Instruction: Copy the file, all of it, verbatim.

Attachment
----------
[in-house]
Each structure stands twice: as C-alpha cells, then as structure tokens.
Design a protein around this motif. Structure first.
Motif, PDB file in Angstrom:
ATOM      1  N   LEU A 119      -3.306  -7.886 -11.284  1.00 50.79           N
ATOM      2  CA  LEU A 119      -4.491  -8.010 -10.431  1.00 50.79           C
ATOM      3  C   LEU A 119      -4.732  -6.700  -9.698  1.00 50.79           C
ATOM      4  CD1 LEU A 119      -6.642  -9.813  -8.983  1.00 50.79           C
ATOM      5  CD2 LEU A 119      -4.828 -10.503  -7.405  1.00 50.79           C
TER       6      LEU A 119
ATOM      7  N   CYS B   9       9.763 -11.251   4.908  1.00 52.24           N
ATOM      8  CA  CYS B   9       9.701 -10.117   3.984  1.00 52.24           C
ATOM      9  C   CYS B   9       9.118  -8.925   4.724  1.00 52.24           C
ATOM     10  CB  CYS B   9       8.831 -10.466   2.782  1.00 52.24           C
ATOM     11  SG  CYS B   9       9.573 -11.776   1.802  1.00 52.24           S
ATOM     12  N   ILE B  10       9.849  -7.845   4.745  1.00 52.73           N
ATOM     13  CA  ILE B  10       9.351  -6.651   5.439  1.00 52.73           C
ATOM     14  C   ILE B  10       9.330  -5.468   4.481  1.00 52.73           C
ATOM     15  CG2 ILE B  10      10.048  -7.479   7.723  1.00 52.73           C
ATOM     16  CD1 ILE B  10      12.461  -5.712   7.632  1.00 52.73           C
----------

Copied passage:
[in-house]
Each structure stands twice: as C-alpha cells, then as structure tokens.
Design a protein around this motif. Structure first.
Motif, PDB file in Angstrom:
ATOM      1  N   LEU A 119      -3.306  -7.886 -11.284  1.00 50.79           N
ATOM      2  CA  LEU A 119      -4.491  -8.010 -10.431  1.00 50.79           C
ATOM      3  C   LEU A 119      -4.732  -6.700  -9.698  1.00 50.79           C
ATOM      4  CD1 LEU A 119      -6.642  -9.813  -8.983  1.00 50.79           C
ATOM      5  CD2 LEU A 119      -4.828 -10.503  -7.405  1.00 50.79           C
TER       6      LEU A 119
ATOM      7  N   CYS B   9       9.763 -11.251   4.908  1.00 52.24           N
ATOM      8  CA  CYS B   9       9.701 -10.117   3.984  1.00 52.24           C
ATOM      9  C   CYS B   9       9.118  -8.925   4.724  1.00 52.24           C
ATOM     10  CB  CYS B   9       8.831 -10.466   2.782  1.00 52.24           C
ATOM     11  SG  CYS B   9       9.573 -11.776   1.802  1.00 52.24           S
ATOM     12  N   ILE B  10       9.849  -7.845   4.745  1.00 52.73           N
ATOM     13  CA  ILE B  10       9.351  -6.651   5.439  1.00 52.73           C
ATOM     14  C   ILE B  10       9.330  -5.468   4.481  1.00 52.73           C
ATOM     15  CG2 ILE B  10      10.048  -7.479   7.723  1.00 52.73           C
ATOM     16  CD1 ILE B  10      12.461  -5.712   7.632  1.00 52.73           C